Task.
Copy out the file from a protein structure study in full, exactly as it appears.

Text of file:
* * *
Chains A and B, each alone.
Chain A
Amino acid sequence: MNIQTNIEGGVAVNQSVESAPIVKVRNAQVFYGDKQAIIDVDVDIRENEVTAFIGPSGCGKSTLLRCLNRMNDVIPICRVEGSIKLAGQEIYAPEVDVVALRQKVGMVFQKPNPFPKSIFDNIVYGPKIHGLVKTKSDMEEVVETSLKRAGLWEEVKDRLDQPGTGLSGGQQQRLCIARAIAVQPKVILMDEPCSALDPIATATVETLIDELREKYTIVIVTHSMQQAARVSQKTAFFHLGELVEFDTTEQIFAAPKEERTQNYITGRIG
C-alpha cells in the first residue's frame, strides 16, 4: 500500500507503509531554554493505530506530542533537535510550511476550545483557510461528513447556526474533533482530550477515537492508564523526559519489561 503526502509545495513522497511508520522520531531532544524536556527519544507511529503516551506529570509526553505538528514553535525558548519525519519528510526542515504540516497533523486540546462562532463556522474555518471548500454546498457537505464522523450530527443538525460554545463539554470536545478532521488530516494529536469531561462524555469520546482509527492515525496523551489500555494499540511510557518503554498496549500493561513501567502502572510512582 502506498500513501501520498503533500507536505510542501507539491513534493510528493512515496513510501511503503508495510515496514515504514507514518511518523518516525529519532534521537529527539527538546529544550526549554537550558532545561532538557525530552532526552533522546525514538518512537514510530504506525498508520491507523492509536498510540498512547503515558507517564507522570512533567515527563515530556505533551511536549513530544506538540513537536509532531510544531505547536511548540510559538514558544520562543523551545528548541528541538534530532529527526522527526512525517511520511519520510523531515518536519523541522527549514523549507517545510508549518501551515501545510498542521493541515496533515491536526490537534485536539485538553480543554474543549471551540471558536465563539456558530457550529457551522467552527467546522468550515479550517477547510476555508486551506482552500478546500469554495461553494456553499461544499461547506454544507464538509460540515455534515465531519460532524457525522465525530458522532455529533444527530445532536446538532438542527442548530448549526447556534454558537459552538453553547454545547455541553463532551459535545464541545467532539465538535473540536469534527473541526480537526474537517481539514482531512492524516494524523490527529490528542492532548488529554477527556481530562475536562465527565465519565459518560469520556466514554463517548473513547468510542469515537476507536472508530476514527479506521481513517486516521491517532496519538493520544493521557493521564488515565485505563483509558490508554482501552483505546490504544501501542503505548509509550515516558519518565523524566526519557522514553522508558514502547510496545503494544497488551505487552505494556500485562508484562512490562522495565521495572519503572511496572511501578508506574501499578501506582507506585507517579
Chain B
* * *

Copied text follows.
Chains A and B, each alone.
Chain A
Amino acid sequence: MNIQTNIEGGVAVNQSVESAPIVKVRNAQVFYGDKQAIIDVDVDIRENEVTAFIGPSGCGKSTLLRCLNRMNDVIPICRVEGSIKLAGQEIYAPEVDVVALRQKVGMVFQKPNPFPKSIFDNIVYGPKIHGLVKTKSDMEEVVETSLKRAGLWEEVKDRLDQPGTGLSGGQQQRLCIARAIAVQPKVILMDEPCSALDPIATATVETLIDELREKYTIVIVTHSMQQAARVSQKTAFFHLGELVEFDTTEQIFAAPKEERTQNYITGRIG
C-alpha cells in the first residue's frame, strides 16, 4: 500500500507503509531554554493505530506530542533537535510550511476550545483557510461528513447556526474533533482530550477515537492508564523526559519489561 503526502509545495513522497511508520522520531531532544524536556527519544507511529503516551506529570509526553505538528514553535525558548519525519519528510526542515504540516497533523486540546462562532463556522474555518471548500454546498457537505464522523450530527443538525460554545463539554470536545478532521488530516494529536469531561462524555469520546482509527492515525496523551489500555494499540511510557518503554498496549500493561513501567502502572510512582 502506498500513501501520498503533500507536505510542501507539491513534493510528493512515496513510501511503503508495510515496514515504514507514518511518523518516525529519532534521537529527539527538546529544550526549554537550558532545561532538557525530552532526552533522546525514538518512537514510530504506525498508520491507523492509536498510540498512547503515558507517564507522570512533567515527563515530556505533551511536549513530544506538540513537536509532531510544531505547536511548540510559538514558544520562543523551545528548541528541538534530532529527526522527526512525517511520511519520510523531515518536519523541522527549514523549507517545510508549518501551515501545510498542521493541515496533515491536526490537534485536539485538553480543554474543549471551540471558536465563539456558530457550529457551522467552527467546522468550515479550517477547510476555508486551506482552500478546500469554495461553494456553499461544499461547506454544507464538509460540515455534515465531519460532524457525522465525530458522532455529533444527530445532536446538532438542527442548530448549526447556534454558537459552538453553547454545547455541553463532551459535545464541545467532539465538535473540536469534527473541526480537526474537517481539514482531512492524516494524523490527529490528542492532548488529554477527556481530562475536562465527565465519565459518560469520556466514554463517548473513547468510542469515537476507536472508530476514527479506521481513517486516521491517532496519538493520544493521557493521564488515565485505563483509558490508554482501552483505546490504544501501542503505548509509550515516558519518565523524566526519557522514553522508558514502547510496545503494544497488551505487552505494556500485562508484562512490562522495565521495572519503572511496572511501578508506574501499578501506582507506585507517579
Chain B